Dr. Courtney Wright’s (Ph.D., Northwestern University) interdisciplinary research program examines the positive and negative implications of interpersonal communication and conflict on well-being. In addition to cognitive processing, three communication behaviors through which the darker sides of interpersonal communication can manifest guide her research: (1) social confrontation, (2) social influence/compliance-gaining and (3) paradoxical forms of communication (e.g., teasing, ostracism).
Broadly described, her work informs conflict resolution processes, the management of difficult interactions (e.g., challenging conversations, incivility) and the communication of differences in professional and educational settings. She is particularly interested in factors that influence crucial conversations (e.g., about performance, incivility, inclusion of diverse identities, controversial topics) and their implications for personal and professional outcomes. As a dispute resolution practitioner, she offers professional development training in these [and related] areas to enhance the conflict management skills, communication and leadership effectiveness of organization employees, education professionals and community groups. She is also a Rule 31 Civil and Family Mediator listed with the Tennessee Supreme Courts.
Diverse teaching experiences and undergraduate studies in secondary education (B.S., Vanderbilt University) inform her interests in communication processes in instructional settings and the conflict-related experiences of faculty, GTAs, and students. Additionally, she facilitates professional development workshops for faculty and GTAs across disciplines in areas related to creating inclusive learning environments, addressing incivility, teaching effectiveness, innovation and classroom management.
Dr. Wright teaches undergraduate/graduate courses and honors seminars in conflict management & communication (CMST 419/524), interpersonal communication (CMST 312/520/625), relational communication/the “dark side” of human interaction (CMST 412/522), and communication theory (CMST 352/520).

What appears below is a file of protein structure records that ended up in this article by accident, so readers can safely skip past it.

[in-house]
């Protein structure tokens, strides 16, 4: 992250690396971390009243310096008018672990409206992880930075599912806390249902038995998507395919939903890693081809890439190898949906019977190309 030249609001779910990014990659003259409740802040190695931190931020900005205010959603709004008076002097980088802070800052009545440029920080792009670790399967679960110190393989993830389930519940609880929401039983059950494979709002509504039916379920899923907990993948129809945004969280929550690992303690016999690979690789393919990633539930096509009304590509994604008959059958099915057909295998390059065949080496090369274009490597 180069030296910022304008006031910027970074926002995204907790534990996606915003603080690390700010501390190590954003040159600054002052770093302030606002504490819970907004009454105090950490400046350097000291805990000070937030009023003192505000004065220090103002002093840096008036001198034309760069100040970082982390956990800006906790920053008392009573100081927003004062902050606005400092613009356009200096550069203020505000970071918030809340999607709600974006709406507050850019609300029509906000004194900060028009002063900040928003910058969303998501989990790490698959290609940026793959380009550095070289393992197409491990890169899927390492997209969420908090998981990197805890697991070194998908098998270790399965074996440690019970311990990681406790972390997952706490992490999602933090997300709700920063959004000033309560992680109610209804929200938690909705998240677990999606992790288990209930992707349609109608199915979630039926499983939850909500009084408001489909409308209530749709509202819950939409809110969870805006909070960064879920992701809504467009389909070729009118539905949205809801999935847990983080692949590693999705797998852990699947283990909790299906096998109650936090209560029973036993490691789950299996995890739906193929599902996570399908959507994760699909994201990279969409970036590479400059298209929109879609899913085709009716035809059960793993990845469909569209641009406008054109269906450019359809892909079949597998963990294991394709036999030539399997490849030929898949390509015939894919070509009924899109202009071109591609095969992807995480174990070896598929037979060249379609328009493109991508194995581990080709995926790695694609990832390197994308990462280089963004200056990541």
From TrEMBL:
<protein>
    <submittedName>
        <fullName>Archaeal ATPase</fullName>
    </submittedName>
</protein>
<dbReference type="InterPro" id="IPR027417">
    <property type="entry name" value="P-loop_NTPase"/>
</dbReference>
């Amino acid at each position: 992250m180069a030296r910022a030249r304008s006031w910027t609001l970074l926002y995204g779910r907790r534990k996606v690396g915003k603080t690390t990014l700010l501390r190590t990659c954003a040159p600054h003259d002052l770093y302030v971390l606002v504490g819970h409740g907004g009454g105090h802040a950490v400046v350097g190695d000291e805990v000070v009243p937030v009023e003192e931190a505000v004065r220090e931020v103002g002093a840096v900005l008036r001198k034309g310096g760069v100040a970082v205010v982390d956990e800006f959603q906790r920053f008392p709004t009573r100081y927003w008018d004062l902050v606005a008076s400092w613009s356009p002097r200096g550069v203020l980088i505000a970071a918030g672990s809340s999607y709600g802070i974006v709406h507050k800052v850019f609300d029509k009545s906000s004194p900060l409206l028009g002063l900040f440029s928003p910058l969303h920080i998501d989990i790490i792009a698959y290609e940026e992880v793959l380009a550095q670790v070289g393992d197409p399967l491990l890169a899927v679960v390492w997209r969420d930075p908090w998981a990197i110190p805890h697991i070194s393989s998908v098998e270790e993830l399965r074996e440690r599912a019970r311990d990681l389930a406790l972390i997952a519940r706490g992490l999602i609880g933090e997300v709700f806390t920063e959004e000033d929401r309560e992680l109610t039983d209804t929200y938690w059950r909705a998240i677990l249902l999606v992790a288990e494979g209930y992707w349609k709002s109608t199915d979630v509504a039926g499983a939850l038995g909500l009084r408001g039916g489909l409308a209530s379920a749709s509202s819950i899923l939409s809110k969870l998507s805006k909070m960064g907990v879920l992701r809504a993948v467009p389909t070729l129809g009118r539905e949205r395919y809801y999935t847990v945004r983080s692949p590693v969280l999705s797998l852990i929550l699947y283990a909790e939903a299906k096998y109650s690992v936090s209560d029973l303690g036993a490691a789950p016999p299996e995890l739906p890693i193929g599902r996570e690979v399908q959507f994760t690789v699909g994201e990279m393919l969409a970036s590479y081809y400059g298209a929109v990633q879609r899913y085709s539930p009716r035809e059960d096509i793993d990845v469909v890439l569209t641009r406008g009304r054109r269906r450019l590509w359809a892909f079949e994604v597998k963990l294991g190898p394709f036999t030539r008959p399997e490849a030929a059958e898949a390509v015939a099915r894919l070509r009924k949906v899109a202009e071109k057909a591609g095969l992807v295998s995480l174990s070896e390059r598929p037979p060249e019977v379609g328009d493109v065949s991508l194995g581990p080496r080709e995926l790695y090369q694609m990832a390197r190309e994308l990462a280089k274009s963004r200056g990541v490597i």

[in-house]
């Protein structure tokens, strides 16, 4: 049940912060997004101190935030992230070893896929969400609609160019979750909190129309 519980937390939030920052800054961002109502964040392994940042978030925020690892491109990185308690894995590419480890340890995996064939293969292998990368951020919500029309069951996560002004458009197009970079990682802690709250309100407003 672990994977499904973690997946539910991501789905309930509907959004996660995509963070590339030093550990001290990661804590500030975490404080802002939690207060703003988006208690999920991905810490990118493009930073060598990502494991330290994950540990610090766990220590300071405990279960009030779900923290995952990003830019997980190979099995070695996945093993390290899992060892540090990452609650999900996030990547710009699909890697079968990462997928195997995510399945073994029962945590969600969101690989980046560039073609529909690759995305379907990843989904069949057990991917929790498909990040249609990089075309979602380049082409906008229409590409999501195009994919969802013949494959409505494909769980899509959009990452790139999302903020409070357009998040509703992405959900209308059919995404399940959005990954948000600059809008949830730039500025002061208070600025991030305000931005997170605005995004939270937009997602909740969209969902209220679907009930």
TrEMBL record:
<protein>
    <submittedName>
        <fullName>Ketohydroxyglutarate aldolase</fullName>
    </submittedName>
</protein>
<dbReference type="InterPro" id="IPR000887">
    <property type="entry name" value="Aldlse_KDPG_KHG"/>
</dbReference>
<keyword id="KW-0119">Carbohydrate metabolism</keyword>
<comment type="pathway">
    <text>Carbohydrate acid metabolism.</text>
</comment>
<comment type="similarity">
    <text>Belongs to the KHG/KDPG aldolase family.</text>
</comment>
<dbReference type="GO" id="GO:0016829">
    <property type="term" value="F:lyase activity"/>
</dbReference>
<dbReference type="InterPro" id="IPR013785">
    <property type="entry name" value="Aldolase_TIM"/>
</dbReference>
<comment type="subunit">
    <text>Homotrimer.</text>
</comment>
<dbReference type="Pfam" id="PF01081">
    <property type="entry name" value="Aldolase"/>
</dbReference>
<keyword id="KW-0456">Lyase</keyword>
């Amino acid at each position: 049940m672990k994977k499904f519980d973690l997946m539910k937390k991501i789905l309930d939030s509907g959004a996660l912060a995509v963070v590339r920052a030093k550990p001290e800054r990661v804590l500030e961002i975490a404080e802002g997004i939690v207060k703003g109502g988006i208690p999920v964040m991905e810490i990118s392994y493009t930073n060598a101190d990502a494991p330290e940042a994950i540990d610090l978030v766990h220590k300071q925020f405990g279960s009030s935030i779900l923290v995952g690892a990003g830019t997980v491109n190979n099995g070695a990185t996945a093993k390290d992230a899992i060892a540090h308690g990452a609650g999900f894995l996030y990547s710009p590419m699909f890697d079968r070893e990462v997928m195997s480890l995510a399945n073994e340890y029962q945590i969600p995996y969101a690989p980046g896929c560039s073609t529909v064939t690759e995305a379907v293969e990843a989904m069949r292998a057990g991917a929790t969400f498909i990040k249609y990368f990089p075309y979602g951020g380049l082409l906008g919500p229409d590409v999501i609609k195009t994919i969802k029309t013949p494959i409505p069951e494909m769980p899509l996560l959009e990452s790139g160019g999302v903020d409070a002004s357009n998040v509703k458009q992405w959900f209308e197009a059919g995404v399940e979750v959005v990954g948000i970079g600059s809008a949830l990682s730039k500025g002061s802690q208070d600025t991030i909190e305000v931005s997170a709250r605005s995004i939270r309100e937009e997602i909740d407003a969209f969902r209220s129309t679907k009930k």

Conflict Management & Difficult Dialogues
Inclusion & Communicating Differences
Instructional Communication & Teacher-Training
Communication Training & Development
- Horan, S., & Wright, C. N. (2018). Bridging campus and community: Religion and violence as expansive and socially relevant instructional communication research. Communication Education 67(4), 481-487.
- Honeycutt, Honeycutt, J., & Wright, C. N. (2017). Predicting affectionate and aggressive teasing motivation on the basis of self-esteem and imagined interactions with the victim. Southern Journal of Communication, 82(1), 15-26.
- Wright, C. N. (2017, February 1) and Roloff & Wright (2013) references “Why Faculty Experiences with Incivility Matter” Inside Higher Ed. Retrieved from https://www.insidehighered.com/advice/2017/02/01/exploring-faculty-experiences-incivility-help-deal-it-essay
- Wright, C.N. (2016, October 4). “Framing Classroom Incivility” Inside Higher Ed. Retrieved from https://www.insidehighered.com/advice/2016/10/04/identifying-and-understanding-classroomincivility-essay
- Roloff, M. E., & Wright, C. N. (2013). Social cognition and conflict. In J. G. Oetzel & S. Ting-Toomey (Eds.), The SAGE handbook of conflict communication (2nd ed.) (pp. 133-160). Thousand Oaks, CA: Sage
- Wright, C. N., & Roloff, M. E. (2013). The influence of type of teasing and outcome on the negative experiences of teasers. Human Communication, 16(2), 95-107.
- Wright, C. N. (2012). Educational orientation and upward influence: An examination of students’ conversations about disappointing grades. Communication Education, 61(3), 271-289.